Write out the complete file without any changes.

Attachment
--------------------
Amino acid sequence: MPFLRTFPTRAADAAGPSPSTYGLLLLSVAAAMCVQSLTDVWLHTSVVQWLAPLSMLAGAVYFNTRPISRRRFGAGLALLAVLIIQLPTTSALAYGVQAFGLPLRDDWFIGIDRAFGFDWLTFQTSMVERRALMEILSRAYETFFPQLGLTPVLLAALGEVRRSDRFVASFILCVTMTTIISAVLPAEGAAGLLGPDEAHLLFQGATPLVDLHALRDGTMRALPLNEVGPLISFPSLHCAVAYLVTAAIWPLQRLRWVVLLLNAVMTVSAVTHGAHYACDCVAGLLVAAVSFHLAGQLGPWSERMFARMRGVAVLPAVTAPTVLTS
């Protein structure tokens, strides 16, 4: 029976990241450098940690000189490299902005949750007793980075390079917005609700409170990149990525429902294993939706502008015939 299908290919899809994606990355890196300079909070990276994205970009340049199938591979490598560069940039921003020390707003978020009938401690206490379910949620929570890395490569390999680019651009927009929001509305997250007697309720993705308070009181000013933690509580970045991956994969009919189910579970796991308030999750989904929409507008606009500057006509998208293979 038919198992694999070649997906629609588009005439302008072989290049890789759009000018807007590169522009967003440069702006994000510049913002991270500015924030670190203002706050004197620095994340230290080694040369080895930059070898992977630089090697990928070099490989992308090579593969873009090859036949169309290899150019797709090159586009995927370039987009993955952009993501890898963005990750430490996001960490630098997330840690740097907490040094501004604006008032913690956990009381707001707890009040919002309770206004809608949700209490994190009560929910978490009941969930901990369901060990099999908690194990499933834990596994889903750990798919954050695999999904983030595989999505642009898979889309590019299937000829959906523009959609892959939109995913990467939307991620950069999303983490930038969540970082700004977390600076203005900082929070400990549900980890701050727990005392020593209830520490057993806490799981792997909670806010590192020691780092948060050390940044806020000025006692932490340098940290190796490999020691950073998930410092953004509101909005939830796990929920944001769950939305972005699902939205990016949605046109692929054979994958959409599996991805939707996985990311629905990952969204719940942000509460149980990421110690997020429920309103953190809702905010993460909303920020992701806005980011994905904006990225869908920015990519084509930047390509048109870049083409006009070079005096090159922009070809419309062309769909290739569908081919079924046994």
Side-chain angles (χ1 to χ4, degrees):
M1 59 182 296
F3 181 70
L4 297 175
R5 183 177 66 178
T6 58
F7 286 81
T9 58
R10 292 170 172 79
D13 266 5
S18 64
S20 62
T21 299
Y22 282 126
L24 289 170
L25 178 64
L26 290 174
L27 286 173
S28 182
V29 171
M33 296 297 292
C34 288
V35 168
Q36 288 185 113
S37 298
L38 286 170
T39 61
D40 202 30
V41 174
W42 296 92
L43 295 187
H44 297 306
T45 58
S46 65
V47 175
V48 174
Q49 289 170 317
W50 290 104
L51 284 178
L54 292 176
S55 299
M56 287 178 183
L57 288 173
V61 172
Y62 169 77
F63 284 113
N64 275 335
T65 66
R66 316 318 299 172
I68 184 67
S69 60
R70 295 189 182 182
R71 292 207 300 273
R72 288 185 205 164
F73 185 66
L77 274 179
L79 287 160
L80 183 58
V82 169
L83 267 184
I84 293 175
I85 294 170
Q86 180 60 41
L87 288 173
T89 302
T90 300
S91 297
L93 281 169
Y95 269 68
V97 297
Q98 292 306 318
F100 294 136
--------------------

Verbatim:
Amino acid sequence: MPFLRTFPTRAADAAGPSPSTYGLLLLSVAAAMCVQSLTDVWLHTSVVQWLAPLSMLAGAVYFNTRPISRRRFGAGLALLAVLIIQLPTTSALAYGVQAFGLPLRDDWFIGIDRAFGFDWLTFQTSMVERRALMEILSRAYETFFPQLGLTPVLLAALGEVRRSDRFVASFILCVTMTTIISAVLPAEGAAGLLGPDEAHLLFQGATPLVDLHALRDGTMRALPLNEVGPLISFPSLHCAVAYLVTAAIWPLQRLRWVVLLLNAVMTVSAVTHGAHYACDCVAGLLVAAVSFHLAGQLGPWSERMFARMRGVAVLPAVTAPTVLTS
């Protein structure tokens, strides 16, 4: 029976990241450098940690000189490299902005949750007793980075390079917005609700409170990149990525429902294993939706502008015939 299908290919899809994606990355890196300079909070990276994205970009340049199938591979490598560069940039921003020390707003978020009938401690206490379910949620929570890395490569390999680019651009927009929001509305997250007697309720993705308070009181000013933690509580970045991956994969009919189910579970796991308030999750989904929409507008606009500057006509998208293979 038919198992694999070649997906629609588009005439302008072989290049890789759009000018807007590169522009967003440069702006994000510049913002991270500015924030670190203002706050004197620095994340230290080694040369080895930059070898992977630089090697990928070099490989992308090579593969873009090859036949169309290899150019797709090159586009995927370039987009993955952009993501890898963005990750430490996001960490630098997330840690740097907490040094501004604006008032913690956990009381707001707890009040919002309770206004809608949700209490994190009560929910978490009941969930901990369901060990099999908690194990499933834990596994889903750990798919954050695999999904983030595989999505642009898979889309590019299937000829959906523009959609892959939109995913990467939307991620950069999303983490930038969540970082700004977390600076203005900082929070400990549900980890701050727990005392020593209830520490057993806490799981792997909670806010590192020691780092948060050390940044806020000025006692932490340098940290190796490999020691950073998930410092953004509101909005939830796990929920944001769950939305972005699902939205990016949605046109692929054979994958959409599996991805939707996985990311629905990952969204719940942000509460149980990421110690997020429920309103953190809702905010993460909303920020992701806005980011994905904006990225869908920015990519084509930047390509048109870049083409006009070079005096090159922009070809419309062309769909290739569908081919079924046994």
Side-chain angles (χ1 to χ4, degrees):
M1 59 182 296
F3 181 70
L4 297 175
R5 183 177 66 178
T6 58
F7 286 81
T9 58
R10 292 170 172 79
D13 266 5
S18 64
S20 62
T21 299
Y22 282 126
L24 289 170
L25 178 64
L26 290 174
L27 286 173
S28 182
V29 171
M33 296 297 292
C34 288
V35 168
Q36 288 185 113
S37 298
L38 286 170
T39 61
D40 202 30
V41 174
W42 296 92
L43 295 187
H44 297 306
T45 58
S46 65
V47 175
V48 174
Q49 289 170 317
W50 290 104
L51 284 178
L54 292 176
S55 299
M56 287 178 183
L57 288 173
V61 172
Y62 169 77
F63 284 113
N64 275 335
T65 66
R66 316 318 299 172
I68 184 67
S69 60
R70 295 189 182 182
R71 292 207 300 273
R72 288 185 205 164
F73 185 66
L77 274 179
L79 287 160
L80 183 58
V82 169
L83 267 184
I84 293 175
I85 294 170
Q86 180 60 41
L87 288 173
T89 302
T90 300
S91 297
L93 281 169
Y95 269 68
V97 297
Q98 292 306 318
F100 294 136